Sampson said Democrats voted down each of his recent six amendments that, he said, were aimed at fixing the election process in the state.

“I am surprised at their willingness to be so publicly bold about ignoring the problem,” Sampson said of the issue revolving around election integrity. “That is because, I think, that they don’t think they have to be held accountable to the people of Connecticut. I don’t think there is enough press recording the facts on these issues and it’s just not filtering down to the people of Connecticut.”

State Rep. Christine Palm, D-Chester, told CT Examiner that she gets frustrated, oftentimes, with those across the political aisle on issues she says everyone should be on the same page on but are not.

Case in point, Palm said, the environment and members on the Environment Committee.

While those at the Capitol will tell you that committees like Aging, Veterans and Public Health are cordial with little in-fighting among committee members, they will also tell you that Labor, Housing, Government & Administration and Elections, and Environment are the most contentious.

“On Environment, we had to have a couple of hours devoted to the belief, the erroneous belief, that climate change is not a problem,” Palm said. “So, getting a bill that people can agree on when the most fundamental function of the Environment Committee is not agreed upon is [difficult]. I mean, the chair had to remind the committee the other day that this is a pro-environment committee….. I’m frustrated with the lack of acknowledgment that this [climate] is a crisis. I care about human beings living in the world with me. So, yes, I’m frustrated with climate deniers and I’m frustrated with the waste of time, the air time that they get.”

One unnamed Democrat told CT Examiner that many lawmakers also look locally and want passage of legislation that will help their constituents. The Democrat said issues of public safety infrastructure and more educational cost sharing funds were a top priority.

Electric vehicle mandates

Early last month, Connecticut lawmakers scrapped their plans for a 2035 transition to electric vehicles. But, the issue in Connecticut is far from over.

Ritter told CT Examiner that he wants a commission to study the matter and how the state can get closer to moving toward using electric vehicles.

“We are going to be phasing out gas-powered cars in this country,” Ritter said. “I just don’t know the speed with which that will happen. But, Connecticut has to prepare, at some point, for more electric vehicles and we are not prepared for that now.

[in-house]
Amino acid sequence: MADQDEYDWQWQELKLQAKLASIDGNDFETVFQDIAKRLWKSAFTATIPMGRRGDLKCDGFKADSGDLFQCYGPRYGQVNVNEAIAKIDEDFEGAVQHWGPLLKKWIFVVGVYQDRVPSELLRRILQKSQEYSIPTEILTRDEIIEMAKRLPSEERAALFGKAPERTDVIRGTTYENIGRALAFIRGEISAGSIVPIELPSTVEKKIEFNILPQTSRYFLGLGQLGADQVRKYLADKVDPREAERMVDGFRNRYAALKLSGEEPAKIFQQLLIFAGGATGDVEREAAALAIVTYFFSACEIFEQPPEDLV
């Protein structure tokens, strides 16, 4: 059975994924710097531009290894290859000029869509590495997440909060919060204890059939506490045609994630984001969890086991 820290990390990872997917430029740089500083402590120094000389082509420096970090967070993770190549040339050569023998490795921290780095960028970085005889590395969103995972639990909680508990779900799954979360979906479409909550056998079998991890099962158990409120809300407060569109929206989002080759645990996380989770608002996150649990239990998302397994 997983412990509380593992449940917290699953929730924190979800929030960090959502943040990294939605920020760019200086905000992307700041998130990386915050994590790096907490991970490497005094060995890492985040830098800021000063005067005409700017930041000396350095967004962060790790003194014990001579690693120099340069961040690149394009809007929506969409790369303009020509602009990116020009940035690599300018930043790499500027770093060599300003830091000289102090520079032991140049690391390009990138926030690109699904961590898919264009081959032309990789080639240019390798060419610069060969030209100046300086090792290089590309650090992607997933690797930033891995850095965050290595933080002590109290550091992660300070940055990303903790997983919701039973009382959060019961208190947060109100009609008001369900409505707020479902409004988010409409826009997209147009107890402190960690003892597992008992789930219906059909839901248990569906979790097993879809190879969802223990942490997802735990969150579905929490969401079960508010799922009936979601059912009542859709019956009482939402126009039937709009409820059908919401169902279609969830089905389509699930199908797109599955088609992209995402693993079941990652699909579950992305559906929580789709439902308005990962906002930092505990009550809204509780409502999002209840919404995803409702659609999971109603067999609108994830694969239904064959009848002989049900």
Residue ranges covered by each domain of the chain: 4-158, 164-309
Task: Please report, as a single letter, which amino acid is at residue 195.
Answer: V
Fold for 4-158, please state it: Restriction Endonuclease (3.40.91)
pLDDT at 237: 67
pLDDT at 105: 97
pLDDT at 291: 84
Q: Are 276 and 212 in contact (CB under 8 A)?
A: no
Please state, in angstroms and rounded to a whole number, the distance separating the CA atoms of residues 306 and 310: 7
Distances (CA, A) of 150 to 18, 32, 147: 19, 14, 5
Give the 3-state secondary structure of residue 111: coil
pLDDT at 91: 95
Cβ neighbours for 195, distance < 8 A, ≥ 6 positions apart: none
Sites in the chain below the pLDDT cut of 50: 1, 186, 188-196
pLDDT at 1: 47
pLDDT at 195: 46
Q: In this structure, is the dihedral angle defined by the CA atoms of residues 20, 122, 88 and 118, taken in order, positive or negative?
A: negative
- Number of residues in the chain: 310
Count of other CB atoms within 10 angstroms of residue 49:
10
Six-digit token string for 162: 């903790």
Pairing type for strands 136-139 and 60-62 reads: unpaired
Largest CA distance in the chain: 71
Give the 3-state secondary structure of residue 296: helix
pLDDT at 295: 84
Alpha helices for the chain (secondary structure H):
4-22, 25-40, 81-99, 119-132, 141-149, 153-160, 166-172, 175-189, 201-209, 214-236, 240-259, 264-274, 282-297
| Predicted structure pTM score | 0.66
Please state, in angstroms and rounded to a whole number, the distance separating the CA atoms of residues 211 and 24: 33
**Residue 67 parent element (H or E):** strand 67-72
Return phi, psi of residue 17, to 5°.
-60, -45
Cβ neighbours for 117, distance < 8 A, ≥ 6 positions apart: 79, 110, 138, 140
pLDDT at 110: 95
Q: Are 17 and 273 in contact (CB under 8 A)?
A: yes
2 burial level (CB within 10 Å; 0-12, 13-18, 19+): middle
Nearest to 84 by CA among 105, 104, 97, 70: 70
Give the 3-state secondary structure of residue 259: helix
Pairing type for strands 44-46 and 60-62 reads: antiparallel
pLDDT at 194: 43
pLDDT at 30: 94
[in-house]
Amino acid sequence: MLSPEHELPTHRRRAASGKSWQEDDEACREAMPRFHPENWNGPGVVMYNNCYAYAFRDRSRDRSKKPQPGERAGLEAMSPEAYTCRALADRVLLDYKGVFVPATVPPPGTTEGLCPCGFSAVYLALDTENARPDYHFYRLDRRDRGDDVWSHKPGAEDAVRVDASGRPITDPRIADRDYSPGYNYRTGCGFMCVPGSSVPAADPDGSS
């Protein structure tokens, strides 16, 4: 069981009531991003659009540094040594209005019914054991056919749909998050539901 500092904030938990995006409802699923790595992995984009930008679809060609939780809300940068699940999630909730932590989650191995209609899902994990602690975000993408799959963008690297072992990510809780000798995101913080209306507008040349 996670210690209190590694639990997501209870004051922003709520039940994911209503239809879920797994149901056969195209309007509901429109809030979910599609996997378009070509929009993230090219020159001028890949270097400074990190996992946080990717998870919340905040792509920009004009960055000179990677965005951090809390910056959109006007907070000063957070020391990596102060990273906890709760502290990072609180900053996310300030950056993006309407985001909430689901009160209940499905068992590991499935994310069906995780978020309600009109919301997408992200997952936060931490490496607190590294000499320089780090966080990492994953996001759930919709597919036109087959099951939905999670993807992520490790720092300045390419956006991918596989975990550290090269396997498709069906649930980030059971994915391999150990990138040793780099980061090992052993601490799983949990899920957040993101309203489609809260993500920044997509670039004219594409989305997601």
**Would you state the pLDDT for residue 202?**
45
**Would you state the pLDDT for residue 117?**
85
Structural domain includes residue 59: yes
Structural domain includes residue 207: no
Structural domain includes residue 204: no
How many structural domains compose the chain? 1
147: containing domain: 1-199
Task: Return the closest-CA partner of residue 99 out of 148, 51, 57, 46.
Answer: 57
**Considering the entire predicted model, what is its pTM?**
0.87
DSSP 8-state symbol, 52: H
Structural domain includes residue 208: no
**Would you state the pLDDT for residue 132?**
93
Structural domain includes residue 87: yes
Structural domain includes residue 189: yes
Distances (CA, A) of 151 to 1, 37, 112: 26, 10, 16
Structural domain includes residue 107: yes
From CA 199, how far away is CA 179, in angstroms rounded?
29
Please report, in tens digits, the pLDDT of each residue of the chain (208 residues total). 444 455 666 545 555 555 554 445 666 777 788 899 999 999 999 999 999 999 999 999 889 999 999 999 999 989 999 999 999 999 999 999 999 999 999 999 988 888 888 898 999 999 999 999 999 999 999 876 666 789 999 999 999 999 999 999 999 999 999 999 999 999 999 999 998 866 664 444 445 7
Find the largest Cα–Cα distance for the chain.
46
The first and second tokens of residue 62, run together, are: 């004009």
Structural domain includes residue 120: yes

One unnamed Republican told CT Examiner that “If the governor and the majority had their ways, this [EV mandate] would have bypassed the legislature. The fact that a nearly super minority in the Senate and a nearly super minority in the House, along with millions of voices out there and not just Republican voices but bipartisan voices in the state, came together on this, is the reason we don’t, as of today, have the mandate yet. But, certainly, they are continuing to push.”

Relationships between Democrats and Republicans

Many lawmakers said the public would be surprised at how well legislators from different parties get along with each other. That is the prevailing view, although there have been incidents of infighting and blistering comments.

“I think the thing that surprises most people is just how much we actually do up here and how much is done on a bipartisan basis,” one unnamed Republican said. “You know, typically, everyone thinks that Republicans and Democrats are just at each other’s throats. You know, mirror images of what they see on MSNBC and Fox News. I think that the people on both sides would agree that the most impactful things we do are typically done on a bipartisan basis.”

Palm told CT Examiner that she is “genuinely fond” of most of her Republican colleagues, but, she said, she is in Hartford to govern.

“We have good days and we have bad days,” Palm said. “These are my work colleagues. The difference is that unlike work colleagues at, say Aetna, where you keep your political differences to yourself, here we are about passing public policy and the fundamental differences in our value systems rears it head constantly. Having said that, I do believe that my Republican colleagues ran for the same reason I did. I don’t think any of them ran to make the world a worse place. But, how we get to what a better world looks like is radically different.”

Sampson said he’s found that the Democrats he interacts with are “cordial and respectful. We have a polite way of engaging one another. We also have some pretty serious debates.”

One unnamed Democrat told CT Examiner that “There are people [Republicans] I have great respect for. But, other people that I find to be obstructionist, difficult and who seemingly don’t care about the people we represent, I have a hard time with that.”

An unnamed Republican told CT Examiner that “I think the relationships are more individual and idiosyncratic. But, I do think people get along better than I had expected.”

And, an another unnamed Democrat told CT Examiner that “As boring as it sounds, I think the most surprising thing that people would learn about what goes on up here is that we all work really well together. I know that’s not exciting, but that’s okay. I personally have strong relationships with a number of Republicans.”

Gov. Ned Lamont 

Many Republicans interviewed by CT Examiner had positive things to say about the state’s Democratic governor, who is serving in his second four-year term.

One unnamed Republican said Lamont “is viewed as being somebody who is eminently reasonable. You know, somebody who both sides can work with. I’m sure that if you are a Democrat, there’s probably more to dislike because he [Lamont] has shown a willingness to reach across the aisle. He’s actually been one of the principal players in kind of keeping the brakes on some of the more off-the-wall policies that the progressive Democrats are bringing up.”

However, Sampson told CT Examiner that the governor is not who people think he is.

“I think he’s far more progressive than people want to acknowledge,” Sampson said. “This notion that Ned Lamont is some sort of moderate I think is not true…. I think he’s going to do what’s best for Ned Lamont before he’s going to do what’s best for Connecticut or the Democrats.”

And, one unnamed Democrat said of Lamont: “He’s not good on issues of tax equity. But, I think people sort of see him as the adult in the room when it comes to holding the line.”